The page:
Wednesday, September 20, 2006
Klickitat County Sheriff Chris Mace appears to have been tripped up by an "anti-incumbent" wave in the county's Republican Party primary.
Mace, who has served as the county's Sheriff for the past five years, was trailing challenger Rick McComas, a Goldendale resident with 27 years of law enforcement experience.
In unofficial and incomplete returns as of Wednesday morning, McComas was leading Mace, 1,592 votes (66.36 percent) to 803 votes (33.47 percent).
In the Republican primary for the Prosecuting Attorney's office, the race was too close to call. Challenger Julie Vance, the city of Goldendale's Prosecuting Attorney, had 1,143 votes (48.78 percent) as opposed to incumbent Tim O'Neill's 1,199 votes (51.17 percent). O'Neill has served as the county's Prosecuting Attorney since 2001.
With more absentee ballots yet to come in, there is no way to call a victor in the Prosecuting Attorney's contest as of Sept. 20.
The winner of both of the above primary races will serve for the next four years, as they will face no opponent on the general election ballot in November. No Democratic Party and no independent party candidate chose to run for these offices.
In the contest to determine the Democratic Party nominee for Klickitat County Commissioner in District 2, Marc Harvey had 98 votes (33.33 percent) to Chris Connolly's 195 votes (66.33 percent). The winner here will take on David Sauter, who was unopposed on the Republican side.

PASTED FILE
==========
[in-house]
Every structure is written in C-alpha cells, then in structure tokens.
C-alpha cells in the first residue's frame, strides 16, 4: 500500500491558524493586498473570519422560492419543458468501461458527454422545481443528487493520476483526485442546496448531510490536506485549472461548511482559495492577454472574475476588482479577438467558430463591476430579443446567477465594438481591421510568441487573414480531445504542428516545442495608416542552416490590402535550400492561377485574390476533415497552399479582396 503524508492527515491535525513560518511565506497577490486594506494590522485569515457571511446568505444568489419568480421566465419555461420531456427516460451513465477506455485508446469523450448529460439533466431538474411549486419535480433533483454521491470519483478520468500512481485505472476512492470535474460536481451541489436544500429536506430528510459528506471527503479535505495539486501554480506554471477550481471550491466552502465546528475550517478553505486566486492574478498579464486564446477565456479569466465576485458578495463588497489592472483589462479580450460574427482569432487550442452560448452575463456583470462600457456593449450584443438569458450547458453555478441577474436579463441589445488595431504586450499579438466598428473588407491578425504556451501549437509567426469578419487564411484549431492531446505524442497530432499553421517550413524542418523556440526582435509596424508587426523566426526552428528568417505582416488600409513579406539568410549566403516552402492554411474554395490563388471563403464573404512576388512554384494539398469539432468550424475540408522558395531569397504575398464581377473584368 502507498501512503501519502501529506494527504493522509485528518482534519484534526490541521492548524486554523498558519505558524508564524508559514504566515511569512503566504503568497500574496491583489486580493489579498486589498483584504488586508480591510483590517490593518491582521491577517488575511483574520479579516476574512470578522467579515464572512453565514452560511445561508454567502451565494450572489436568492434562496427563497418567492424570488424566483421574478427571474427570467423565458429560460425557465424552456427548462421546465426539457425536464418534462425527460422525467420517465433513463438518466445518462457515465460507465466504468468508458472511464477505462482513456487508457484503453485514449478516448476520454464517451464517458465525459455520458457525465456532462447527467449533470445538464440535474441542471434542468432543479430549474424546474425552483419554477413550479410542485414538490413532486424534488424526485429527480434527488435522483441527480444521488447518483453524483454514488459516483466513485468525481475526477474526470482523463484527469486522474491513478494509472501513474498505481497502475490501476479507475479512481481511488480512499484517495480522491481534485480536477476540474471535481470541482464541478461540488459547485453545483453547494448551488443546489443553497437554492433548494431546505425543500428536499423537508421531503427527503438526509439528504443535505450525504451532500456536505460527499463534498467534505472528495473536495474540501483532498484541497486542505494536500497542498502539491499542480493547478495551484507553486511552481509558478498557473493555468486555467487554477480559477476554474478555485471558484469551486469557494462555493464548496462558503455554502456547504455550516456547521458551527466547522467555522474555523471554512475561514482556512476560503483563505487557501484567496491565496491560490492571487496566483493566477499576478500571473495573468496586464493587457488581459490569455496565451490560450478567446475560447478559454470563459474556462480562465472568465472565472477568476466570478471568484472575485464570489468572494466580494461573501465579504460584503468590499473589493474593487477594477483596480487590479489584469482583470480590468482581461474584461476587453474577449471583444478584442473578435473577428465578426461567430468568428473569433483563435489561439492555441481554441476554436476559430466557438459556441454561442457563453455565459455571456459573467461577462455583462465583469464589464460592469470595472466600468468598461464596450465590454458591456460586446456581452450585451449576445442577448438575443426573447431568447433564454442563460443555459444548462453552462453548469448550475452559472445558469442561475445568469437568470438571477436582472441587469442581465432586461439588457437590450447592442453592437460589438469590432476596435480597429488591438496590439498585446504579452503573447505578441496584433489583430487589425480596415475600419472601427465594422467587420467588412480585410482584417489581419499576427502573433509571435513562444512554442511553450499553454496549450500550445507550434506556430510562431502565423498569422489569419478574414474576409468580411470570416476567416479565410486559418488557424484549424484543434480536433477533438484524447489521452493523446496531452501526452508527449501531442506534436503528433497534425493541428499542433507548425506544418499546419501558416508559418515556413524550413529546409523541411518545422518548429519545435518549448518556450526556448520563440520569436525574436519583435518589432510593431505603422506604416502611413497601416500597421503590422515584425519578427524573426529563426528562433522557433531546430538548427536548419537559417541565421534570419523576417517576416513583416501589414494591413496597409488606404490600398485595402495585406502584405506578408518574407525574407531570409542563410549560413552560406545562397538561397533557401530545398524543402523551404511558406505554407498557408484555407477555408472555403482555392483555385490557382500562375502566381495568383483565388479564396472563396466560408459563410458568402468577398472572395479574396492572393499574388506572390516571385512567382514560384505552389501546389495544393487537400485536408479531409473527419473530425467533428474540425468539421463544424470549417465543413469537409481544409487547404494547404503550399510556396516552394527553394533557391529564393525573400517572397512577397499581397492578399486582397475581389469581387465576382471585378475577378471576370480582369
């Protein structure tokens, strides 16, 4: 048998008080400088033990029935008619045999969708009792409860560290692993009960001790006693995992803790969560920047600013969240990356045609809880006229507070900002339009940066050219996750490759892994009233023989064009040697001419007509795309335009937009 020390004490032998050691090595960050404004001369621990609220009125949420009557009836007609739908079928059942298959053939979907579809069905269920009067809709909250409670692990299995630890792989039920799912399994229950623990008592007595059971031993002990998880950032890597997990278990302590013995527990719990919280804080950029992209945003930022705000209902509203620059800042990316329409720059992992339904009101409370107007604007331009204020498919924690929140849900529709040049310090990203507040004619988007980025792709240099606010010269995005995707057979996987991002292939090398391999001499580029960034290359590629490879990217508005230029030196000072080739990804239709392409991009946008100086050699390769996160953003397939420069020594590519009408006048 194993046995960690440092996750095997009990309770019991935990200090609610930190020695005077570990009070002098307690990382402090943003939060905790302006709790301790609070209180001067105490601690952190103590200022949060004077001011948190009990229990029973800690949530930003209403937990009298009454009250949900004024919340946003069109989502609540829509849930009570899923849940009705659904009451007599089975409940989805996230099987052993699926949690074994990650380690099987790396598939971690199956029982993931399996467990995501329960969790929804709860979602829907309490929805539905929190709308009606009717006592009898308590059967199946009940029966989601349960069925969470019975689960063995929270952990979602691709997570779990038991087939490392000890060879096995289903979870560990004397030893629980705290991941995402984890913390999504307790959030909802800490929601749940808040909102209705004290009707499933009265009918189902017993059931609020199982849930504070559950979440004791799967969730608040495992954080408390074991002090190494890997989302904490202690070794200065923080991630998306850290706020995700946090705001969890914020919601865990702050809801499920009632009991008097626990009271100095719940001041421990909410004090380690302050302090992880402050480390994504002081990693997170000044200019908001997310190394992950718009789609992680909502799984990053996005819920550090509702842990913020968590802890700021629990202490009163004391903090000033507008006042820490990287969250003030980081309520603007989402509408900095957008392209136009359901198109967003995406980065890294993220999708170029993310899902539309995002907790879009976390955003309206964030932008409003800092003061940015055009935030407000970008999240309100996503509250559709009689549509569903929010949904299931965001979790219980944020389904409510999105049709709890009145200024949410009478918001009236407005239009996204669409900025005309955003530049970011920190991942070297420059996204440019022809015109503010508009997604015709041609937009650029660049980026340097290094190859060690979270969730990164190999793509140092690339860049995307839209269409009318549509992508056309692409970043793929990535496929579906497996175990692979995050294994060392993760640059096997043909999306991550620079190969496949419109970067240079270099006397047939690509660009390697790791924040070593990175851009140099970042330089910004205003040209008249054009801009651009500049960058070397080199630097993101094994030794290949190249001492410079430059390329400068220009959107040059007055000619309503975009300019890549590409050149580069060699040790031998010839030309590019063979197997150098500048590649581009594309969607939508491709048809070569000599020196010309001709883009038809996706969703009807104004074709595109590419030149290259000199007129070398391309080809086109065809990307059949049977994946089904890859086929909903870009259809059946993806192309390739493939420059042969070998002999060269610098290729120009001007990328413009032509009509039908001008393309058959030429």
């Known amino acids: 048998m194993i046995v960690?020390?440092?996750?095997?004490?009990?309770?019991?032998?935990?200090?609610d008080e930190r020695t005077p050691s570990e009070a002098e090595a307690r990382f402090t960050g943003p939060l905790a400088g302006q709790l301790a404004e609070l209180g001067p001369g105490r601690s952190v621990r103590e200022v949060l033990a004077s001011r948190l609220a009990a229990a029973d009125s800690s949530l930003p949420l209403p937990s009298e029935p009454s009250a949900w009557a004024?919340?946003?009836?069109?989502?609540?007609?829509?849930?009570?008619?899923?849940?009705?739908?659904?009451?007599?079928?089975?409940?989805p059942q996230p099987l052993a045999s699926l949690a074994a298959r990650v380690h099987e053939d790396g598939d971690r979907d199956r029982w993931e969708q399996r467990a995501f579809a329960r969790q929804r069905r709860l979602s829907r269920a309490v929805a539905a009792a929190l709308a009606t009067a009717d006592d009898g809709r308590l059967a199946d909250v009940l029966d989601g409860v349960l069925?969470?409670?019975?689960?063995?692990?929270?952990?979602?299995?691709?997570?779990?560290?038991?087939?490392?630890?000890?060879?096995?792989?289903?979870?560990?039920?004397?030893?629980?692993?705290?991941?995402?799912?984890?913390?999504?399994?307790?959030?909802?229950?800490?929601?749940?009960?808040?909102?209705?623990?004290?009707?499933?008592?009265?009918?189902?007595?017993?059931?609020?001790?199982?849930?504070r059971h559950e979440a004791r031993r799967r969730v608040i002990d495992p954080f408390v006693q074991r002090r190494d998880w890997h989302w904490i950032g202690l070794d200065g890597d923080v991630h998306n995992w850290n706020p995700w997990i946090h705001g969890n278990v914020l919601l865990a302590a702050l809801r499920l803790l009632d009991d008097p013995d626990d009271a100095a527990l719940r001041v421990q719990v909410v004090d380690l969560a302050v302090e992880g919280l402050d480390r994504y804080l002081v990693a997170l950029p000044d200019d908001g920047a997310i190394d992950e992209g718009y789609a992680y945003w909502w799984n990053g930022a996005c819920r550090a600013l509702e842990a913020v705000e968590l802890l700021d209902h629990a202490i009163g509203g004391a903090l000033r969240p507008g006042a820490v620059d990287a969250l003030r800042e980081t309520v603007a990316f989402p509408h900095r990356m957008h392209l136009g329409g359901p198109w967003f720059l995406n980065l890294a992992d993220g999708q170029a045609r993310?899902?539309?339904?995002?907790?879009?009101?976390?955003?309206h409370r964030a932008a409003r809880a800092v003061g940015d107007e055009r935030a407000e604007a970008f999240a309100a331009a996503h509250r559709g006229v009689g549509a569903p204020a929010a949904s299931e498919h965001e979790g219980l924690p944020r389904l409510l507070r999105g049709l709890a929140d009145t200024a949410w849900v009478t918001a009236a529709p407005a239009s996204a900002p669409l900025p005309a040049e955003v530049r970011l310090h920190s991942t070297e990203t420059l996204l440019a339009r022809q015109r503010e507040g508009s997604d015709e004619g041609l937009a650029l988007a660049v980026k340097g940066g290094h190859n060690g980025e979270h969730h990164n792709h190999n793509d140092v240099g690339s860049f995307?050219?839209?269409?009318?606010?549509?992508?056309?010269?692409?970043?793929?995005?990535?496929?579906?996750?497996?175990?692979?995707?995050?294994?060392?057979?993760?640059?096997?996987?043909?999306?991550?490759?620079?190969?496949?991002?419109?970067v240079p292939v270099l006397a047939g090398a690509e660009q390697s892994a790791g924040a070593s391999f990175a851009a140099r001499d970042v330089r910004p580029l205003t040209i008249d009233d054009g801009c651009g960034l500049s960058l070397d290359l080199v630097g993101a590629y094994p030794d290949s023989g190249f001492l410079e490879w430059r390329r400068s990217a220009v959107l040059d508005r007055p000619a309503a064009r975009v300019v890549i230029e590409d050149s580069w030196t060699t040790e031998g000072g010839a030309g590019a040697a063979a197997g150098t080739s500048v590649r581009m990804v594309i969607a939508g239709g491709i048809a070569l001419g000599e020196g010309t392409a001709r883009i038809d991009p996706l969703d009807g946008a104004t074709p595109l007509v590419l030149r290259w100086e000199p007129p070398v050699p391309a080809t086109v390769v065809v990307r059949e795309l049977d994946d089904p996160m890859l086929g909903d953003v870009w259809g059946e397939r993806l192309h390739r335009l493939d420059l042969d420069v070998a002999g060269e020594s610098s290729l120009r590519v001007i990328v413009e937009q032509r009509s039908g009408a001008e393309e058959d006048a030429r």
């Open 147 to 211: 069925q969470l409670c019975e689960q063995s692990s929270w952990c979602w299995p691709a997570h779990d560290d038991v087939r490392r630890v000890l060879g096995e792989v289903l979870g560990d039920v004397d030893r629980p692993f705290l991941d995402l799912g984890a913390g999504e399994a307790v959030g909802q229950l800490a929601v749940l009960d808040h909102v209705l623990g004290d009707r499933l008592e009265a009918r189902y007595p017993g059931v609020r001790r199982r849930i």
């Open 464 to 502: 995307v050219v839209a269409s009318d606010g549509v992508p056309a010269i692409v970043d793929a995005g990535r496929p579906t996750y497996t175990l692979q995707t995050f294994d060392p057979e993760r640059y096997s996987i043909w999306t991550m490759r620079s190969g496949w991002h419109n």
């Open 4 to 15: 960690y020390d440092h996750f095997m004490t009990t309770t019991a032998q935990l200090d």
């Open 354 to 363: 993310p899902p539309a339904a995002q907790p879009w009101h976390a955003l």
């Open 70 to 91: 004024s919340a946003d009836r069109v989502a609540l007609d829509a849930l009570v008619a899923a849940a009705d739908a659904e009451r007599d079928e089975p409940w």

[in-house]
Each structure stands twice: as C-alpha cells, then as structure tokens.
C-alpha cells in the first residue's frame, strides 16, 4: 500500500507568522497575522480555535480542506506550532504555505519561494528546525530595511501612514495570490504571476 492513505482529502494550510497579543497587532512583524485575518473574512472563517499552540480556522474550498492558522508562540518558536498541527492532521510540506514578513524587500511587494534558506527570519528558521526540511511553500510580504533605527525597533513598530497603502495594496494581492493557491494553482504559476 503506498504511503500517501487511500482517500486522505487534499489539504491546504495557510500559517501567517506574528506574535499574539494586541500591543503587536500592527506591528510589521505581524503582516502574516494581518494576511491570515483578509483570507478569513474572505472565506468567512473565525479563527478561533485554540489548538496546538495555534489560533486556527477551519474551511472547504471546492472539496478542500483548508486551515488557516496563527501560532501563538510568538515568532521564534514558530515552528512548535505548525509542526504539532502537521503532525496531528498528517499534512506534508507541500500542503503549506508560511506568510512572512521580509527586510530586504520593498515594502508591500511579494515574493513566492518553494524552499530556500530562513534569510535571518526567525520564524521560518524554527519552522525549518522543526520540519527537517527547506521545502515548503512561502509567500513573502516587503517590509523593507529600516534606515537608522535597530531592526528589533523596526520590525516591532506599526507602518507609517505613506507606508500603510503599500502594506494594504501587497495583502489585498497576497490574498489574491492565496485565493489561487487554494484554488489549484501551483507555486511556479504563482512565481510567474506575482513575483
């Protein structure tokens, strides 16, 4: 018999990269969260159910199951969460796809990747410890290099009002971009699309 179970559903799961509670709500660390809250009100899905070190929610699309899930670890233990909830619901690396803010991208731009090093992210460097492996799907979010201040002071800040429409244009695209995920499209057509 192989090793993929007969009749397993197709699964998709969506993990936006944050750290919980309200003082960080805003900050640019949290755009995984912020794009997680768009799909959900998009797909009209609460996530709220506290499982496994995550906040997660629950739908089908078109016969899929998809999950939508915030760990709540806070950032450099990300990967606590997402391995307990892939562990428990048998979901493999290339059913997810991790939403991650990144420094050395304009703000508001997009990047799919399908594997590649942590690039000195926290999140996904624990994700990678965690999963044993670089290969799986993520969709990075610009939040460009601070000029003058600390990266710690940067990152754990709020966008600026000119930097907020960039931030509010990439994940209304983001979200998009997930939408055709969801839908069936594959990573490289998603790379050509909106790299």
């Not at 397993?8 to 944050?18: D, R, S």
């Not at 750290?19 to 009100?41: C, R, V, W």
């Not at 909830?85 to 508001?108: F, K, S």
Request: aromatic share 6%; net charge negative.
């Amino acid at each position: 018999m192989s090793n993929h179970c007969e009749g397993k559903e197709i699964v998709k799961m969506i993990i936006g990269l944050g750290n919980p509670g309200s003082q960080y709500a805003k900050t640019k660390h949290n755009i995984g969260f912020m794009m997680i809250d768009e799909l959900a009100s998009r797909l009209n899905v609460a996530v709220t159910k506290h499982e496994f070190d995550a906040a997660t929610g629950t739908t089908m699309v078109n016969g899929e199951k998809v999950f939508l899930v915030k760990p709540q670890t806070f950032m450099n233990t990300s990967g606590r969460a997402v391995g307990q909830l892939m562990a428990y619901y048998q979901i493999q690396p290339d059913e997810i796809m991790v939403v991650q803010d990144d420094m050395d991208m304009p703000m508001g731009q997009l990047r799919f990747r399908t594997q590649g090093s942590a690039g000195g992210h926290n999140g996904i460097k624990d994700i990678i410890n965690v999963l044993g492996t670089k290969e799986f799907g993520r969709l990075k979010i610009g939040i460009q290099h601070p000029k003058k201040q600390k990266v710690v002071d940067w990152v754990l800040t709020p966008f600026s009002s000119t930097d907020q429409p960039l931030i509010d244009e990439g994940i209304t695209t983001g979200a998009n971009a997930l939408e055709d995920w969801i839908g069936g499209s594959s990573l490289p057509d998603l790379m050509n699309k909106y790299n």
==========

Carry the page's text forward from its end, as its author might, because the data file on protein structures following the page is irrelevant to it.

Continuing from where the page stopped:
In the Democratic Party races in Klickitat County, counting of the votes was delayed by a problem with the "consolidated ballots." According to Pam Pimley, chief deputy auditor with the Klickitat County Auditor's Office, the section that has the Democratic Party candidates could not be read by the optical scanning machines. Pimley said the machines were reading all the Democratic Party ovals as being filled in.
"The blue section is being read as marked ovals on the absentee ballots," Pimley explained. "The blue was printed too dark."
Those ballots needed to be counted by hand.
In Skamania County's Republican Party primary for the nomination for County Commissioner in District 3, Tracy Wyckoff was topping Timothy Corner, 273 votes to 116 votes, in unofficial results.
In November, Wyckoff will take on Democrat Jamie Tolfree, who ran unopposed in the Democratic Party primary.
In the Underwood area, a levy lid lift to allow the Underwood Fire District (Fire District 3) to build a new fire station was passing with 152 "Yes" votes against 75 "No" votes.
The state of Washington has 39 counties, and 25 were using the "consolidated ballot" for the Sept. 19 primary.
In Klickitat County, it appeared that about 14.5 percent of the ballots had been improperly marked -- either with no political party checked or by casting votes for candidates in both parties. That disqualifies those particular ballots, although the non-partisan races the voter marked will still register.
In next-door Skamania County, which is a strictly vote-by-mail county, election officials used the multiple ballot system. With that approach, each voter got three ballots: one had the Democratic Party candidates, one had the Republican Party candidates, and one had the non-partisan races. According to an elections official with the Skamania County Auditor's Office, they were seeing a spoilage rate of less than two percent within the county. Voters who returned both Democratic and Republican partisan ballots would not have their votes counted.